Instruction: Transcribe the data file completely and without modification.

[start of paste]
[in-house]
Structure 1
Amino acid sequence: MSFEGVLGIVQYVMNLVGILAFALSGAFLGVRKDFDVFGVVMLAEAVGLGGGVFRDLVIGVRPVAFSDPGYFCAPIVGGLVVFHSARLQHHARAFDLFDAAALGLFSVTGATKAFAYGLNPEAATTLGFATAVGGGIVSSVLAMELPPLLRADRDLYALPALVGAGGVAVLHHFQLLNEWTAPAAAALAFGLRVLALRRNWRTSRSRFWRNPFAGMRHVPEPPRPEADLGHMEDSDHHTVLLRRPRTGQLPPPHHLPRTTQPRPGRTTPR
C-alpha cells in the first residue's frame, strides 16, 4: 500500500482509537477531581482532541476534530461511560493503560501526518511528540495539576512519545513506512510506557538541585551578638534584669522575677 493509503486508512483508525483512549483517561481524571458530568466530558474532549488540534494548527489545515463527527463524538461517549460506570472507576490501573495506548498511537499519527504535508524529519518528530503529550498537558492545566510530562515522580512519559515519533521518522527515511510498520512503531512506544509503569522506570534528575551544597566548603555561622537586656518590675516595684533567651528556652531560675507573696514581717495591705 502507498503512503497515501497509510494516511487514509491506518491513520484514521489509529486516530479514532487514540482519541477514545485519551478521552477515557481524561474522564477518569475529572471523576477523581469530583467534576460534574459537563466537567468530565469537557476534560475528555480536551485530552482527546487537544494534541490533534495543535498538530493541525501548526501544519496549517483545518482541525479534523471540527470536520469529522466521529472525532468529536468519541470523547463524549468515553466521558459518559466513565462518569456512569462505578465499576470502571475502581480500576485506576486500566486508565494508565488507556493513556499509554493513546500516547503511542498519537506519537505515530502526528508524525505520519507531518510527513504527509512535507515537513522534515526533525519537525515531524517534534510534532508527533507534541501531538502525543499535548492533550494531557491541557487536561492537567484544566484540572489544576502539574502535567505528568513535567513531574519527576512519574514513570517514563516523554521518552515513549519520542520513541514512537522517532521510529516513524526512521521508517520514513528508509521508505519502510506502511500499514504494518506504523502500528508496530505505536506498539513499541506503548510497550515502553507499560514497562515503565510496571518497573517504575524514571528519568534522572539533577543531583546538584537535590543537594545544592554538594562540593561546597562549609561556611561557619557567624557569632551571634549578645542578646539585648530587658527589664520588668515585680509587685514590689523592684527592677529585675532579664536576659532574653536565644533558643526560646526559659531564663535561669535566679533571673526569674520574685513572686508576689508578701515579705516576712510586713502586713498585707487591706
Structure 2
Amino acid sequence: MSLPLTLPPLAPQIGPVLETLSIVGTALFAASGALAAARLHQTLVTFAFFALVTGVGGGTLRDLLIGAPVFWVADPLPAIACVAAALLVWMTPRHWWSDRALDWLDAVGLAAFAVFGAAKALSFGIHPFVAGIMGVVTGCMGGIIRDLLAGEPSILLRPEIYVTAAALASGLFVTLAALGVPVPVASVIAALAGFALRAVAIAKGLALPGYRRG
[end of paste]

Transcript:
[in-house]
Structure 1
Amino acid sequence: MSFEGVLGIVQYVMNLVGILAFALSGAFLGVRKDFDVFGVVMLAEAVGLGGGVFRDLVIGVRPVAFSDPGYFCAPIVGGLVVFHSARLQHHARAFDLFDAAALGLFSVTGATKAFAYGLNPEAATTLGFATAVGGGIVSSVLAMELPPLLRADRDLYALPALVGAGGVAVLHHFQLLNEWTAPAAAALAFGLRVLALRRNWRTSRSRFWRNPFAGMRHVPEPPRPEADLGHMEDSDHHTVLLRRPRTGQLPPPHHLPRTTQPRPGRTTPR
C-alpha cells in the first residue's frame, strides 16, 4: 500500500482509537477531581482532541476534530461511560493503560501526518511528540495539576512519545513506512510506557538541585551578638534584669522575677 493509503486508512483508525483512549483517561481524571458530568466530558474532549488540534494548527489545515463527527463524538461517549460506570472507576490501573495506548498511537499519527504535508524529519518528530503529550498537558492545566510530562515522580512519559515519533521518522527515511510498520512503531512506544509503569522506570534528575551544597566548603555561622537586656518590675516595684533567651528556652531560675507573696514581717495591705 502507498503512503497515501497509510494516511487514509491506518491513520484514521489509529486516530479514532487514540482519541477514545485519551478521552477515557481524561474522564477518569475529572471523576477523581469530583467534576460534574459537563466537567468530565469537557476534560475528555480536551485530552482527546487537544494534541490533534495543535498538530493541525501548526501544519496549517483545518482541525479534523471540527470536520469529522466521529472525532468529536468519541470523547463524549468515553466521558459518559466513565462518569456512569462505578465499576470502571475502581480500576485506576486500566486508565494508565488507556493513556499509554493513546500516547503511542498519537506519537505515530502526528508524525505520519507531518510527513504527509512535507515537513522534515526533525519537525515531524517534534510534532508527533507534541501531538502525543499535548492533550494531557491541557487536561492537567484544566484540572489544576502539574502535567505528568513535567513531574519527576512519574514513570517514563516523554521518552515513549519520542520513541514512537522517532521510529516513524526512521521508517520514513528508509521508505519502510506502511500499514504494518506504523502500528508496530505505536506498539513499541506503548510497550515502553507499560514497562515503565510496571518497573517504575524514571528519568534522572539533577543531583546538584537535590543537594545544592554538594562540593561546597562549609561556611561557619557567624557569632551571634549578645542578646539585648530587658527589664520588668515585680509587685514590689523592684527592677529585675532579664536576659532574653536565644533558643526560646526559659531564663535561669535566679533571673526569674520574685513572686508576689508578701515579705516576712510586713502586713498585707487591706
Structure 2
Amino acid sequence: MSLPLTLPPLAPQIGPVLETLSIVGTALFAASGALAAARLHQTLVTFAFFALVTGVGGGTLRDLLIGAPVFWVADPLPAIACVAAALLVWMTPRHWWSDRALDWLDAVGLAAFAVFGAAKALSFGIHPFVAGIMGVVTGCMGGIIRDLLAGEPSILLRPEIYVTAAALASGLFVTLAALGVPVPVASVIAALAGFALRAVAIAKGLALPGYRRG